If you're a parent, you know somewhere along the line, you will have to show your children how to handle money. This can be a difficult task since many of us haven't mastered our own finances. This is a very important lesson that is so far reaching to future success that transcends beyond a simple bank book and cash. Take this seriously and try doing your best. If you're not sure where to start, I have some helpful tips to get you on your way. I hope you find them useful.
Money Management Tips For Kids:
- Time to start – it's a good idea to begin money training at 3 to 4 years of age and should continue into their tween years.
- Can't have everything – let your children know that they can't have everything they want. Something has to give. Only what you can afford. I'm sure you've run into the situation in a toy store and they want everything they see. Perhaps you say one item under $10 or you say no toy because we don't have the money. Not today.
- Save money as a group – Make saving money a family affair. Consider setting up a college fund. Explain how the account works. This way your children get an idea of how to save for an event that is in the distant future. As college time draws near, they will appreciate what you have done.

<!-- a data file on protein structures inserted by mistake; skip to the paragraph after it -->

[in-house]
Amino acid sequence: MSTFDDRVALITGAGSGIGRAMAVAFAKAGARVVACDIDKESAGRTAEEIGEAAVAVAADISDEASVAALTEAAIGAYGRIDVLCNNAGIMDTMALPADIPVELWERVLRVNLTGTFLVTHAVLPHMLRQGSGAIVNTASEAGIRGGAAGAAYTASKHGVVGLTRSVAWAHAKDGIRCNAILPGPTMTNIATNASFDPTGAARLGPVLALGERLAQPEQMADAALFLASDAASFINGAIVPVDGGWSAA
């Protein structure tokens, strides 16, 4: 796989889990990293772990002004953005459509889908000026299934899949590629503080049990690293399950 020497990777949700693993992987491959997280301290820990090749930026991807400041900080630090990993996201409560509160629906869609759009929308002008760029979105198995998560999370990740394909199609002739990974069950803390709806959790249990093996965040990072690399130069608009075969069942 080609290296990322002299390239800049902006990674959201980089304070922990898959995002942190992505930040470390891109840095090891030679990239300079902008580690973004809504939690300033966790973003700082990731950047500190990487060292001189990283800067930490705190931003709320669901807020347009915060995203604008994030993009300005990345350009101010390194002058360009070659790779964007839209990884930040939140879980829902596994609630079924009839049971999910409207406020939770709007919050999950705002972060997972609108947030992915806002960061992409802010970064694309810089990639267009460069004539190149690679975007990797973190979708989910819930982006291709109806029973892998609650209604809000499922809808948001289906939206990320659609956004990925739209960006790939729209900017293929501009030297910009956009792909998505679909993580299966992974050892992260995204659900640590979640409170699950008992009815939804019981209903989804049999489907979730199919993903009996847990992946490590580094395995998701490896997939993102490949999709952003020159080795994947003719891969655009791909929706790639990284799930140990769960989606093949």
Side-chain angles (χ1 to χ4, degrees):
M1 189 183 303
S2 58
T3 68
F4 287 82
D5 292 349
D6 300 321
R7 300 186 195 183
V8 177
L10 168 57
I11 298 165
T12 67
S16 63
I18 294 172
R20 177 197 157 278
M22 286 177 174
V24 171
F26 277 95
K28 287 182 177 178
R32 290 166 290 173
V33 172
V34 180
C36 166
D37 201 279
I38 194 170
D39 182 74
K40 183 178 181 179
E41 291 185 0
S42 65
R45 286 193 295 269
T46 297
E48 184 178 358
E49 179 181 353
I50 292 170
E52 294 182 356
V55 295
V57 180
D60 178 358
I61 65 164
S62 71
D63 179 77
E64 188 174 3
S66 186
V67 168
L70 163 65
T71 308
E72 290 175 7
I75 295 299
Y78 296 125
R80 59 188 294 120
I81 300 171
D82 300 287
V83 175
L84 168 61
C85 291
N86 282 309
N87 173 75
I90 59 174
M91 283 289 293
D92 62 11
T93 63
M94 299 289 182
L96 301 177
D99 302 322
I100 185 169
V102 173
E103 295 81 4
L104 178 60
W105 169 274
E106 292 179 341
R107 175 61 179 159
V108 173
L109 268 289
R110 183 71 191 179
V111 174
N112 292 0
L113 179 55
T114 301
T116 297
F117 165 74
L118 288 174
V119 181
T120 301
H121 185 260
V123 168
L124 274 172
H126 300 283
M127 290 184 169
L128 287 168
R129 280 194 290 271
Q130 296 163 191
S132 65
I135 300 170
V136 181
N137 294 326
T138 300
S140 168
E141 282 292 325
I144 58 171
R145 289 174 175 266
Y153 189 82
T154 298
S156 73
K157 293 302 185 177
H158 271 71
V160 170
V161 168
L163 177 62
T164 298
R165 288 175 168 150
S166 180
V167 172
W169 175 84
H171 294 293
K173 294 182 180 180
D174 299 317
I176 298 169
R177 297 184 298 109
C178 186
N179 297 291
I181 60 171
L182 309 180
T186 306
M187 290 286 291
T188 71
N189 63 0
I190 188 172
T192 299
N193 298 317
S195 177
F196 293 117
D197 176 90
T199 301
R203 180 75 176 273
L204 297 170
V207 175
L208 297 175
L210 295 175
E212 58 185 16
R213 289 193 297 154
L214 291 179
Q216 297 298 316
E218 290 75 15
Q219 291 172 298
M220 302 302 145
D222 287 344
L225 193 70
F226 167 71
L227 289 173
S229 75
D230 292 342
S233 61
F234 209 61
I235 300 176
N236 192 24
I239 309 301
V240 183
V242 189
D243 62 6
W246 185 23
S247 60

- Kids earning money – I'm sure you remember the lemonade stand or perhaps some of you had a paper route. I had the paper route, really nice. I made a lot of money, it was very lucrative, however my parents started to charge me rent. They set up a savings account in my name and made the deposits for me. That way I had savings for later. Perhaps your kids have' some hobby involving making toys or jewelry or perhaps collecting things. They could learn how to sell them online.
- Confidence – early money training will aid in providing confidence in your kid's ability to manage money. This is very important for their development. Make sure you spend as much time with you daughters as you do with your sons. Both need equal training.
- Learning about money takes time – have your children present when you pay bills otherwise they just might think bills pay themselves. If you have accounts on line, show your kids how to read the bill and what has to be done to pay it.
- Importance of sharing – children need to learn how to appreciate what they have but also important is the ability to share what they have with others. Consider having your kids express their gratitude during meal time perhaps not unlike a prayer.